https://example.com ? utm_referrer = https:% 2F% 2Fzen.yandex.com
Those. Yandex.DZen adds its utm-tag to the address. Since the server is already completely lying and gives me only 500, then I can’t really check the theory that pages with such a “appendix” are not cached for some reason. Therefore, a new “crutch” is born (it was later replaced): a redirect is added to .htaccess, which converts the request with utm tags into a request without them before WordPress and all its powerful plugins come into play. The machine reboots and, voila, everything works: the site loads quickly, the server rustles quietly at low revs. Like nothing was.
Then I relaxed and climbed calmly to see the settings for the caching plug-in. First of all - a tick "Do not cache pages with GET parameters", which is there. Everything is fine, it is not worth it. Plus, as the experiment showed, the plugin does an excellent job of caching requests with any set of arbitrary parameters. If these are not utm-tags (in fact, I cut with a redirect only requests of a certain kind, but not all where there are utm-tags).
This is where I took a closer look (using CTRL + F) to the page of the plugin. And I found there in the FAQ the glorious item “How should I use the utm_source tracking tools in Google Analytics with this plugin?”. It is clear that at the first cursory inspection I safely ignored him: it seemed to be nothing in common with the problem. At the same time, by the way, it is not very informative and does not offer any specific solution.
The only possible useful conclusion in the article:if you have a WP site with a WP Super Cache plugin, then check what it does (or does not do), if you request a input with the parameters “? utm_referrer = https:% 2F% 2Fzen.yandex.com” and so on. P. I'm not sure that when installing this plugin, everyone reads its FAQ so carefully. The specific implementation seems to remain with the owners of the site: when I last looked at updating this plugin, I did not see any changes regarding its strange reaction to the utm-tags.
But the story would be incomplete (and I would not tell it), if it had not happened yet another confirmation of Murphy’s law. While we peacefully corresponded with the site owner and watched the site work quietly for about an hour ... the site fell. Unexpectedly and finally. No access to the server control panel, does not work FTP, SSH and everything else. Nothing works. If before that my pressure was only slightly raised by solving the task that Ya. Zen threw and caching plug-in (after all, it is a separate pleasure to quickly understand and repair something in a light-hearted situation), then the whole mini-panic attack happened to me. And only a vague feeling that with a couple of lines in .htaccess it is impossible to kill everything in an hour after inserting these lines, did not allow the “mini” to grow into something more complete. Generally, after a couple of minutes of exchanging surprised messages, we got into the personal account of the hosting provider with whom the server lives. And there in the tickets we found a warning about the "technical work from X to Y on MSK". The most interesting thing is that in the mail, no matter how we looked for, we did not find any messages from the host about these works. The ticket was at least a day old. Prior to this, such messages came to the post office, and no one usually doesn’t look at all at all without asking for special help tickets (and even to the host’s office). Therefore, what happened was a big surprise. After that we scolded the hoster’s eyes, laughed, waited until everything worked and went to sleep. no matter how we looked for, we did not find any messages from the host about these works. The ticket was at least a day old. Prior to this, such messages came to the post office, and no one usually doesn’t look at all at all without asking for special help tickets (and even to the host’s office). Therefore, what happened was a big surprise. After that we scolded the hoster’s eyes, laughed, waited until everything worked and went to sleep. no matter how we looked for, we did not find any messages from the host about these works. The ticket was at least a day old. Prior to this, such messages came to the post office, and no one usually doesn’t look at all at all without asking for special help tickets (and even to the host’s office). Therefore, what happened was a big surprise. After that we scolded the hoster’s eyes, laughed, waited until everything worked and went to sleep.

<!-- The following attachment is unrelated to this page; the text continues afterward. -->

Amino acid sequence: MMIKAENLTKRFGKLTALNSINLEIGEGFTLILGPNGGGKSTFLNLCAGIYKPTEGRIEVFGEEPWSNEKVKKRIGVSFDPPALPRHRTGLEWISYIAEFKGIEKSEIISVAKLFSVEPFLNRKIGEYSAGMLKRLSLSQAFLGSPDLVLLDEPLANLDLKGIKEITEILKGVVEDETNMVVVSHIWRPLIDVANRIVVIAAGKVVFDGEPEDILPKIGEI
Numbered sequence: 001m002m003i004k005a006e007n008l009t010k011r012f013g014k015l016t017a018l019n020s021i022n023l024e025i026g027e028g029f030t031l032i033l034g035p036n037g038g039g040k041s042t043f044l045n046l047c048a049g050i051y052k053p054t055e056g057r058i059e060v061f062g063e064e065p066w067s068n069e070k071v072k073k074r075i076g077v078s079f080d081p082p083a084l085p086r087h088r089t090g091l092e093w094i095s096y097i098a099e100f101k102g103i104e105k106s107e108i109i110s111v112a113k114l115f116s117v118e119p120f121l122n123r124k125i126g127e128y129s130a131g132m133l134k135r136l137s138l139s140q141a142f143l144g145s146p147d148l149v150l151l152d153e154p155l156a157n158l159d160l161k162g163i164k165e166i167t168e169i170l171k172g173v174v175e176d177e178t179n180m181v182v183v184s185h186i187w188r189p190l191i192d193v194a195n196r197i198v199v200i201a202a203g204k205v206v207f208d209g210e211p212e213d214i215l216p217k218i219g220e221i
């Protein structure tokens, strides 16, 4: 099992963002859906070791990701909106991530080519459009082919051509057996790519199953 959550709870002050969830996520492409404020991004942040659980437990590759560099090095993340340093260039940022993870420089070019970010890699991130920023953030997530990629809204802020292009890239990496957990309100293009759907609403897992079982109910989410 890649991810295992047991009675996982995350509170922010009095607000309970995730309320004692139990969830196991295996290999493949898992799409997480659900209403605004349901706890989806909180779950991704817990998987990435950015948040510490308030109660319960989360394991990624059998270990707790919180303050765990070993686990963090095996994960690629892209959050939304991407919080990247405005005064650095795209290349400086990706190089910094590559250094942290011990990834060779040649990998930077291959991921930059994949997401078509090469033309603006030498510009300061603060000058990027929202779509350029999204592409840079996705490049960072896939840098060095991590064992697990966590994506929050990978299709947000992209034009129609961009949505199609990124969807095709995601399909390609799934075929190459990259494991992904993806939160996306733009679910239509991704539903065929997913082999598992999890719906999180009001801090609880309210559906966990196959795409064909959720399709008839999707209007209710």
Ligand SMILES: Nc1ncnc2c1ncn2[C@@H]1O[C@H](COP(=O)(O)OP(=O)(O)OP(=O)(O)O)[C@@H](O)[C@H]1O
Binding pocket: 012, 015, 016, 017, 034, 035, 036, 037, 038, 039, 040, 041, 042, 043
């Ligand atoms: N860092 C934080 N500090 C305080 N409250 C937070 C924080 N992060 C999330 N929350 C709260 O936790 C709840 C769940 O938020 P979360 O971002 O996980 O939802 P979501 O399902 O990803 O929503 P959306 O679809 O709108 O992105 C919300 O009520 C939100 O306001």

Here is a story.